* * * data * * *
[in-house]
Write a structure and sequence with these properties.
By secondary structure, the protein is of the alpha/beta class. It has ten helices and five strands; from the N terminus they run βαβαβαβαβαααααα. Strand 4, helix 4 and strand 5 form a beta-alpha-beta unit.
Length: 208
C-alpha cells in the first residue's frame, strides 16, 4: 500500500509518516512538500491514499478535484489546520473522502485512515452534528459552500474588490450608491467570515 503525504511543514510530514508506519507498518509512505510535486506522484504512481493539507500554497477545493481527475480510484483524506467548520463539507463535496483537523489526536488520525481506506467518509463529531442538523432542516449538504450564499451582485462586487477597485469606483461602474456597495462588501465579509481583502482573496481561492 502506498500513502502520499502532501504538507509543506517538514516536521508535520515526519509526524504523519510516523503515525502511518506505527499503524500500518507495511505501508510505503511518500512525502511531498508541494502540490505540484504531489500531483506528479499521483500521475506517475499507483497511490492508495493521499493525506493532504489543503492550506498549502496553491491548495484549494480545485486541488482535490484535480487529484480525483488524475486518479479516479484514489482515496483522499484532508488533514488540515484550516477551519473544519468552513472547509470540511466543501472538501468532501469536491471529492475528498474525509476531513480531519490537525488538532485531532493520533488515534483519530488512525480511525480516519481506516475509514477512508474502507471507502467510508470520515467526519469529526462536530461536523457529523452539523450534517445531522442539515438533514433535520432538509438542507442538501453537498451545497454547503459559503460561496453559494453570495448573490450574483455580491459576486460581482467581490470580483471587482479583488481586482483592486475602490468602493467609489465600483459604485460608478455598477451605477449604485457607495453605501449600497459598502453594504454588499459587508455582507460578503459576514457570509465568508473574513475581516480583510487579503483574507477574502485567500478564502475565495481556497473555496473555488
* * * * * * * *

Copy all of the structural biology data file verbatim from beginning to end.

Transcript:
[in-house]
Write a structure and sequence with these properties.
By secondary structure, the protein is of the alpha/beta class. It has ten helices and five strands; from the N terminus they run βαβαβαβαβαααααα. Strand 4, helix 4 and strand 5 form a beta-alpha-beta unit.
Length: 208
C-alpha cells in the first residue's frame, strides 16, 4: 500500500509518516512538500491514499478535484489546520473522502485512515452534528459552500474588490450608491467570515 503525504511543514510530514508506519507498518509512505510535486506522484504512481493539507500554497477545493481527475480510484483524506467548520463539507463535496483537523489526536488520525481506506467518509463529531442538523432542516449538504450564499451582485462586487477597485469606483461602474456597495462588501465579509481583502482573496481561492 502506498500513502502520499502532501504538507509543506517538514516536521508535520515526519509526524504523519510516523503515525502511518506505527499503524500500518507495511505501508510505503511518500512525502511531498508541494502540490505540484504531489500531483506528479499521483500521475506517475499507483497511490492508495493521499493525506493532504489543503492550506498549502496553491491548495484549494480545485486541488482535490484535480487529484480525483488524475486518479479516479484514489482515496483522499484532508488533514488540515484550516477551519473544519468552513472547509470540511466543501472538501468532501469536491471529492475528498474525509476531513480531519490537525488538532485531532493520533488515534483519530488512525480511525480516519481506516475509514477512508474502507471507502467510508470520515467526519469529526462536530461536523457529523452539523450534517445531522442539515438533514433535520432538509438542507442538501453537498451545497454547503459559503460561496453559494453570495448573490450574483455580491459576486460581482467581490470580483471587482479583488481586482483592486475602490468602493467609489465600483459604485460608478455598477451605477449604485457607495453605501449600497459598502453594504454588499459587508455582507460578503459576514457570509465568508473574513475581516480583510487579503483574507477574502485567500478564502475565495481556497473555496473555488